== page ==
The mean electron fraction in the equatorial outflow increases very modestly though monotonically with spin, as shown in Table 1. For the neutrino leakage sequence, increases from to when going from to . A similar change is obtained in the sequence with optically thin neutrino treatment.

Figure 5: Electron fraction in models t-a00 (left) and t-a80 (right) at times  s and  s, respectively, when their winds have reached a similar level of expansion. The arrows indicate the direction in which neutrino-irradiated material moves.
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Figure 6: Electron antineutrino luminosity for models with different spin parameter and neutrino treatment. Shown are models in the sequence with neutrino leakage (t-sequence, solid) and optically thin emission with corrections (s-sequence, dashed). Colors correspond to different BH spin parameters, as shown.

The origin of this increase lies in a component of the wind that is more strongly irradiated by neutrinos than the rest of the wind, arising from regions above the disk midplane at small radius and at time  s. Figure 5 illustrates how this component differs in models with and without spin (t-a00 and t-a80). In both cases, a radial outflow at intermediate latitudes is apparent. This outflow wraps around the back side of the disk, and mixes with the material in the outer disk midplane, given that the disk is convective at this time.

Model
() () ()
t-a00 1.5
t-a40 2.8
t-a80 5.1
t-a95 8.4
s-a00 1.6
s-a40 3.0
s-a80 5.8
s-a95 9.0
Table 2: Ejected mass for models in the leakage and optically-thin sequences, measured at  cm and after  s. Columns show from left to right model name, total ejected mass, ejected mass with , and ejected mass with , respectively. See Table 1 for model parameters.

In the spinning BH case, this irradiated component has a significantly higher electron fraction than the rest of the disk, contributing to raise the mean of the equatorial outflow. Strong irradiation in a spinning BH results from the neutrino luminosities remaining high for a longer period of time, as shown in Figure 6. Once the neutrino luminosities decay around  s, this outflow ceases to contribute high- material. As pointed out in §3.1, neutrino heating never exceeds viscous heating in the inner disk, hence we refer to this component as neutrino-irradiated instead of neutrino-driven.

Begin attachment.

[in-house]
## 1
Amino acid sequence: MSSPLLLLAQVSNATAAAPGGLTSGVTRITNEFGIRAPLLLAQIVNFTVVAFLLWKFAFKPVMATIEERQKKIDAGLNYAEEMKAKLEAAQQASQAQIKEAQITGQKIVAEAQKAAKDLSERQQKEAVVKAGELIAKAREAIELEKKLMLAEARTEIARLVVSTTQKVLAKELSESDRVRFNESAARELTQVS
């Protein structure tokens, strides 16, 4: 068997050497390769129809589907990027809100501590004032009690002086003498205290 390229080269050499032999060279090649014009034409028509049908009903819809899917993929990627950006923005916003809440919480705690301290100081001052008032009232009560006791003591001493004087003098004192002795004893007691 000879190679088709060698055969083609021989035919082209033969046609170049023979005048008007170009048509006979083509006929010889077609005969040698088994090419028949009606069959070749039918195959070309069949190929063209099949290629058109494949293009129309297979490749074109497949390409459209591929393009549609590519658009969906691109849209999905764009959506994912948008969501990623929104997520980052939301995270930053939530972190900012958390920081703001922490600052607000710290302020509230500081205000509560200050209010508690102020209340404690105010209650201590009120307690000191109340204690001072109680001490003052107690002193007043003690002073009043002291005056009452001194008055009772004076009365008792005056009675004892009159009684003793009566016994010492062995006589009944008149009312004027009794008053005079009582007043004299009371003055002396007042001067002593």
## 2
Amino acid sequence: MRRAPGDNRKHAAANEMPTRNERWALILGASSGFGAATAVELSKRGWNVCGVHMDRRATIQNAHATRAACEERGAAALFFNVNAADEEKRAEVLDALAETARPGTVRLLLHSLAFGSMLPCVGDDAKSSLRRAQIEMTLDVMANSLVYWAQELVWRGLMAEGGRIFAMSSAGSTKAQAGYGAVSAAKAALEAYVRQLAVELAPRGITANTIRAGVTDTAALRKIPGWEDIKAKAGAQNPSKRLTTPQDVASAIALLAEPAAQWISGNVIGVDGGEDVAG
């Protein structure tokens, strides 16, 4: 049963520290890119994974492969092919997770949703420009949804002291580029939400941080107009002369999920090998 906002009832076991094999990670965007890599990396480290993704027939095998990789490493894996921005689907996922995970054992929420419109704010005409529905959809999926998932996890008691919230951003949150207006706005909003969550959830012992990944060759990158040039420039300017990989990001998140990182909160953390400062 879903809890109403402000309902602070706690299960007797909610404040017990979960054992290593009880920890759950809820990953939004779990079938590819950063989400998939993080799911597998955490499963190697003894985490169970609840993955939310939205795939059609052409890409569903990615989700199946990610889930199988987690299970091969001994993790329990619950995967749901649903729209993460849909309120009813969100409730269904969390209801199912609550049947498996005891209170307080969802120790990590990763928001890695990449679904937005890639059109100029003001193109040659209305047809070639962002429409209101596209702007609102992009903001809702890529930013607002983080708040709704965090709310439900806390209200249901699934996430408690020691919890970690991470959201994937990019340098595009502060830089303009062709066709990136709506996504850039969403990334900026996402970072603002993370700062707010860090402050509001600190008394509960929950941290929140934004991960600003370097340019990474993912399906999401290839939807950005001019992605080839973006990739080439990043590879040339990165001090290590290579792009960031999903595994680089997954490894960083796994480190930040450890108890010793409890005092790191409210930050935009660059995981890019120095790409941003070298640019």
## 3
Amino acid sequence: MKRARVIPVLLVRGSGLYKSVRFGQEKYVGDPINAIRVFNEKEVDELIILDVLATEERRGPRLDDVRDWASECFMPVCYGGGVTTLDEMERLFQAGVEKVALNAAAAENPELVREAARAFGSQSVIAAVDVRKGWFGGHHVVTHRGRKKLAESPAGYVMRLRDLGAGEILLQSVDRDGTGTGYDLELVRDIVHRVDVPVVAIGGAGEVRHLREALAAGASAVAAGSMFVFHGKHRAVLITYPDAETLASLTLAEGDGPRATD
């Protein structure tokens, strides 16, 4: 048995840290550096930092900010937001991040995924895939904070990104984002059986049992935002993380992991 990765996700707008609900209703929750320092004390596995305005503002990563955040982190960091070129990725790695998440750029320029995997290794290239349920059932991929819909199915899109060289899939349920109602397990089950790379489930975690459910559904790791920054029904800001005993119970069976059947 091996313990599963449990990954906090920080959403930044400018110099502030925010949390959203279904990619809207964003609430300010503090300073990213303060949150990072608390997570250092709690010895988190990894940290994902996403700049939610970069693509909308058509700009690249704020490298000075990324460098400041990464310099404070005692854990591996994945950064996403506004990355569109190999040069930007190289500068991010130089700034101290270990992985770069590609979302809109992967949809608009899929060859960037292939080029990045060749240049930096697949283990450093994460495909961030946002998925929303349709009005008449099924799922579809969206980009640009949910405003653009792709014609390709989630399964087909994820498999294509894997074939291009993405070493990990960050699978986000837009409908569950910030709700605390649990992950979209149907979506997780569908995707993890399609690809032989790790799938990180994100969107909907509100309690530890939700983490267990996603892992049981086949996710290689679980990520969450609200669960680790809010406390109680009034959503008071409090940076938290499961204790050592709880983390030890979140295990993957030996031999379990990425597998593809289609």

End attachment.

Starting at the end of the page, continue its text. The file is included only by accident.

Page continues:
The entropy and expansion time at in the equatorial outflow also undergo moderate to insignificant changes with increasing BH spin, reflecting the dominance of viscous energy deposition in setting the ouflow properties. Further support for this hypothesis comes from the fact that overall results in the leakage and optically thin sequences are very similar, despite non-negligible differences in neutrino emission properties (e.g., the magnitude of the neutrino luminosities in Figure 6).

The signature of a neutrino-driven wind is the ejection of material along the polar direction. When the BH has no spin, we cannot find a value of where for polar latitudes (at this temperature heavy elements begin to form). This failure to find an outflow is due to the polar cavity being mostly devoid of material. Increasing the BH spin results in more material being ejected from the inner disk into polar latitudes. To estimate this fraction of the outflow, we compute the total mass ejected at toward polar latitudes, whenever this quantity is well-defined, and compare it with the total mass ejected on equatorial latitudes at the same radius. The result is shown in Table 1. In all cases, the fraction of the mass ejected towards polar latitudes is a few percent of the total outflow. The composition of this polar outflow is noticeably different, however. The electron fractions are in all cases, with entropies a factor of higher and expansion times a factor shorter than the equatorial outflow.